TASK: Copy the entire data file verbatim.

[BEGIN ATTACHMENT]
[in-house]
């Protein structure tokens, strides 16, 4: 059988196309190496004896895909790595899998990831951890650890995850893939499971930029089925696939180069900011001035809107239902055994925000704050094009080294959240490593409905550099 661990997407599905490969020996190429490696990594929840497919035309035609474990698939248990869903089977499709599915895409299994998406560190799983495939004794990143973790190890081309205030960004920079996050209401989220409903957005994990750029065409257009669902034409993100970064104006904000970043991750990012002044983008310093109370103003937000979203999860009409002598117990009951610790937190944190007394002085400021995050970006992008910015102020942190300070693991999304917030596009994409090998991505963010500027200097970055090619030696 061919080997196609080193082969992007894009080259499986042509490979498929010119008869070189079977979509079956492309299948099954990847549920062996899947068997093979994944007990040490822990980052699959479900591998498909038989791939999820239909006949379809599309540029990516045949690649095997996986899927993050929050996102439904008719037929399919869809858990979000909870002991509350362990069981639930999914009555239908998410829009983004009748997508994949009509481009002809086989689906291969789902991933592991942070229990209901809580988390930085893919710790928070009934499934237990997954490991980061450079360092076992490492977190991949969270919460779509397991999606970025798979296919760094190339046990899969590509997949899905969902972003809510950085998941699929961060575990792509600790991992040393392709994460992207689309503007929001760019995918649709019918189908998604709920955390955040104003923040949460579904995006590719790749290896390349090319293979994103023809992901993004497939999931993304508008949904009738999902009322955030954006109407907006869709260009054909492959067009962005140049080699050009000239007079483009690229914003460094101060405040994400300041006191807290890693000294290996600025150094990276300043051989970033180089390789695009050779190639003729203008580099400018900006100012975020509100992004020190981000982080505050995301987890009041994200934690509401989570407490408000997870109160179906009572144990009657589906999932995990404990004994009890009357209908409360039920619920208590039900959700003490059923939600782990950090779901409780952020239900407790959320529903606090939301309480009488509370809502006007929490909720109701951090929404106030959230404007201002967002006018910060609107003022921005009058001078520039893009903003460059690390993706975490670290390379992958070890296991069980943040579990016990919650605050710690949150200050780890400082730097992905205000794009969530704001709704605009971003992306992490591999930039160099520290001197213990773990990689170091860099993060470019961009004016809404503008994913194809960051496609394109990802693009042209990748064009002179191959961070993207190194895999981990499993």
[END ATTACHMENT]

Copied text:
[in-house]
């Protein structure tokens, strides 16, 4: 059988196309190496004896895909790595899998990831951890650890995850893939499971930029089925696939180069900011001035809107239902055994925000704050094009080294959240490593409905550099 661990997407599905490969020996190429490696990594929840497919035309035609474990698939248990869903089977499709599915895409299994998406560190799983495939004794990143973790190890081309205030960004920079996050209401989220409903957005994990750029065409257009669902034409993100970064104006904000970043991750990012002044983008310093109370103003937000979203999860009409002598117990009951610790937190944190007394002085400021995050970006992008910015102020942190300070693991999304917030596009994409090998991505963010500027200097970055090619030696 061919080997196609080193082969992007894009080259499986042509490979498929010119008869070189079977979509079956492309299948099954990847549920062996899947068997093979994944007990040490822990980052699959479900591998498909038989791939999820239909006949379809599309540029990516045949690649095997996986899927993050929050996102439904008719037929399919869809858990979000909870002991509350362990069981639930999914009555239908998410829009983004009748997508994949009509481009002809086989689906291969789902991933592991942070229990209901809580988390930085893919710790928070009934499934237990997954490991980061450079360092076992490492977190991949969270919460779509397991999606970025798979296919760094190339046990899969590509997949899905969902972003809510950085998941699929961060575990792509600790991992040393392709994460992207689309503007929001760019995918649709019918189908998604709920955390955040104003923040949460579904995006590719790749290896390349090319293979994103023809992901993004497939999931993304508008949904009738999902009322955030954006109407907006869709260009054909492959067009962005140049080699050009000239007079483009690229914003460094101060405040994400300041006191807290890693000294290996600025150094990276300043051989970033180089390789695009050779190639003729203008580099400018900006100012975020509100992004020190981000982080505050995301987890009041994200934690509401989570407490408000997870109160179906009572144990009657589906999932995990404990004994009890009357209908409360039920619920208590039900959700003490059923939600782990950090779901409780952020239900407790959320529903606090939301309480009488509370809502006007929490909720109701951090929404106030959230404007201002967002006018910060609107003022921005009058001078520039893009903003460059690390993706975490670290390379992958070890296991069980943040579990016990919650605050710690949150200050780890400082730097992905205000794009969530704001709704605009971003992306992490591999930039160099520290001197213990773990990689170091860099993060470019961009004016809404503008994913194809960051496609394109990802693009042209990748064009002179191959961070993207190194895999981990499993």